Measuring the morphology of the life table

Jon Anson, Ben Gurion University of the Negev

As mortality declines to ever low levels, there has been growing interest in measures of the shape, or internal structure of the life table, as a basis for comparison. However, the usefulness of these measures in comparing life table morphologies is compromised by their close correlation with the mean level of mortality. The maximal human life span is, in all essences, fixed. The decline in mortality is thus a movement of deaths from the younger to the older years of life, and their concentration in an ever narrowing age band. The shape of the life table functions (mortality and survivorship curves) is thus largely determined by the average level of mortality, and any meaningful attempt to measure the shape needs to separate out the necessary effects of declining mortality. Otherwise, we are merely comparing mortality levels by another name. Yet, as mortality declines to ever lower levels, the difference between life tables is going to be more and more in the details of the distribution of mortality, and these measures are going to play an ever more important role. In the present paper we consider how the various morphological measures may be used to compare the internal distribution of mortality within the life table, while yet allowing for the changes which necessarily occur as mortality declines. This will enable us to identify differences in the shapes of mortality and survivorship curves, that is, in the distribution of deaths over the life span, which are not a necessary corollary of the differences in the overall level of mortality. Such differences may then be related to differences in the conditions (social, economic, physical) in which the population lives its life, as will be illustrated using examples from various contemporary and historical populations, at the national and sub-national level.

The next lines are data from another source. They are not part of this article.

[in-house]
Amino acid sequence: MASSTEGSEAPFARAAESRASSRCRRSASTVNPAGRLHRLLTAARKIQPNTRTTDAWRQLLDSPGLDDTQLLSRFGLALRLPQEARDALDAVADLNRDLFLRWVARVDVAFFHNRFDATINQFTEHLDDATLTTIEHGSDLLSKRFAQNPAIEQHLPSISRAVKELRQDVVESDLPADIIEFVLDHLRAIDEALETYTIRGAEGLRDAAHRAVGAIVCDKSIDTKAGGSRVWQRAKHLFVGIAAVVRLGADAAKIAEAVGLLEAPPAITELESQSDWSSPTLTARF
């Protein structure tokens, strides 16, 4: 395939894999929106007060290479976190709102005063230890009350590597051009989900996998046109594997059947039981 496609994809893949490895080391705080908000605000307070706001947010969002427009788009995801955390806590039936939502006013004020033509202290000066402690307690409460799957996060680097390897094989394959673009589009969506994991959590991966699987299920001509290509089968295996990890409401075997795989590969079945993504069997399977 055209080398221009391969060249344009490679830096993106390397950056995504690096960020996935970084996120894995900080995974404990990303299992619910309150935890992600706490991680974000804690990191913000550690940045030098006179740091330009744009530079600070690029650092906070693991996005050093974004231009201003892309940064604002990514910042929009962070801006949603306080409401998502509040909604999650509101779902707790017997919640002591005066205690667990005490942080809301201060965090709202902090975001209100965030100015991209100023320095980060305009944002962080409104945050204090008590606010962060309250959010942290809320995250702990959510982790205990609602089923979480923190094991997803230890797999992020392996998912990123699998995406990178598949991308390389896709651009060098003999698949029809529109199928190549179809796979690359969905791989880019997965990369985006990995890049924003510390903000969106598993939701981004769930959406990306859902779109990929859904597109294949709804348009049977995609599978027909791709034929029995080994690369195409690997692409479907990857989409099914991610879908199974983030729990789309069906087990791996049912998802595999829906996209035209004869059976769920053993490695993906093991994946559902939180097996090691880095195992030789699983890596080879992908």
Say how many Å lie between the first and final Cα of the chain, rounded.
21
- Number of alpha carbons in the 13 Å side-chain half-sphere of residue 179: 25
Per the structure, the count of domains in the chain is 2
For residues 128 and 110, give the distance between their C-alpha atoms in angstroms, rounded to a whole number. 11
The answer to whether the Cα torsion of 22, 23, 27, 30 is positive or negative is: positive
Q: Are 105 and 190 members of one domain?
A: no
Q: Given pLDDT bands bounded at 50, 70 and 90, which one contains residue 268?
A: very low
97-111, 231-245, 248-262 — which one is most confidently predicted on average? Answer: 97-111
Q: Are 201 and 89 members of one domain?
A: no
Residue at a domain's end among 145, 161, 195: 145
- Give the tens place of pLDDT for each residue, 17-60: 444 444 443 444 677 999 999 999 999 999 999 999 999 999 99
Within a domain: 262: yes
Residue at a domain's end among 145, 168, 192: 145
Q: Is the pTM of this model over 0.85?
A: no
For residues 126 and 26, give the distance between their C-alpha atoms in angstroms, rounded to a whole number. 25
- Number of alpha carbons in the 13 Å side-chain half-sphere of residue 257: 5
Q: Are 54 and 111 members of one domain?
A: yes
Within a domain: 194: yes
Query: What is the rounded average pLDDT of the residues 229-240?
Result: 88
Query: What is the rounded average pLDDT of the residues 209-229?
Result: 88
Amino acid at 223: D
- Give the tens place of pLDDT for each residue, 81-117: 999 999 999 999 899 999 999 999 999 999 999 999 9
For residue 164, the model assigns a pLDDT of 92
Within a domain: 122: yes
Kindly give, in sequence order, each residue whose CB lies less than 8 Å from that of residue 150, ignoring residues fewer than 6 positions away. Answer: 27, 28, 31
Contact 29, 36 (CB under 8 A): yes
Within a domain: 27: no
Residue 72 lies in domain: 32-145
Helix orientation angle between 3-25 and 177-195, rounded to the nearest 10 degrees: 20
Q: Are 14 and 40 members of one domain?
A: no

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Presented in Session 8: Life table analysis